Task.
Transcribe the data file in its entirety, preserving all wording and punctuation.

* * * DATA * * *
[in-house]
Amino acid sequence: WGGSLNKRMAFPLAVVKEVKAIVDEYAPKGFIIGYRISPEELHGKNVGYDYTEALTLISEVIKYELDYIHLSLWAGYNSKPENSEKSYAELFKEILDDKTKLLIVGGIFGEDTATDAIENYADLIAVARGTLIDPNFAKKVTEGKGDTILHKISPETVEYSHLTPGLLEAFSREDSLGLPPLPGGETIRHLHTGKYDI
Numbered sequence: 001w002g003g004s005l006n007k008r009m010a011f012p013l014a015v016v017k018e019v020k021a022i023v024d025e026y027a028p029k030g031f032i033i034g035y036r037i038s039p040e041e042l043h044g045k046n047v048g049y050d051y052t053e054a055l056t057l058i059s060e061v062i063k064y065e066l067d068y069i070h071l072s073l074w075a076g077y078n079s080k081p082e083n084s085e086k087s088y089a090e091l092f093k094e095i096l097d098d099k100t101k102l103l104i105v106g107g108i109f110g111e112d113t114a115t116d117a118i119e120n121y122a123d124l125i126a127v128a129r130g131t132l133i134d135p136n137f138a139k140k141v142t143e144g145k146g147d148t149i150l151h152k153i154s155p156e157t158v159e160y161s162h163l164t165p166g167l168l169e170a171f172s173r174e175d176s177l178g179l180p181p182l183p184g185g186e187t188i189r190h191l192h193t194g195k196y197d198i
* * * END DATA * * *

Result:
[in-house]
Amino acid sequence: WGGSLNKRMAFPLAVVKEVKAIVDEYAPKGFIIGYRISPEELHGKNVGYDYTEALTLISEVIKYELDYIHLSLWAGYNSKPENSEKSYAELFKEILDDKTKLLIVGGIFGEDTATDAIENYADLIAVARGTLIDPNFAKKVTEGKGDTILHKISPETVEYSHLTPGLLEAFSREDSLGLPPLPGGETIRHLHTGKYDI
Numbered sequence: 001w002g003g004s005l006n007k008r009m010a011f012p013l014a015v016v017k018e019v020k021a022i023v024d025e026y027a028p029k030g031f032i033i034g035y036r037i038s039p040e041e042l043h044g045k046n047v048g049y050d051y052t053e054a055l056t057l058i059s060e061v062i063k064y065e066l067d068y069i070h071l072s073l074w075a076g077y078n079s080k081p082e083n084s085e086k087s088y089a090e091l092f093k094e095i096l097d098d099k100t101k102l103l104i105v106g107g108i109f110g111e112d113t114a115t116d117a118i119e120n121y122a123d124l125i126a127v128a129r130g131t132l133i134d135p136n137f138a139k140k141v142t143e144g145k146g147d148t149i150l151h152k153i154s155p156e157t158v159e160y161s162h163l164t165p166g167l168l169e170a171f172s173r174e175d176s177l178g179l180p181p182l183p184g185g186e187t188i189r190h191l192h193t194g195k196y197d198i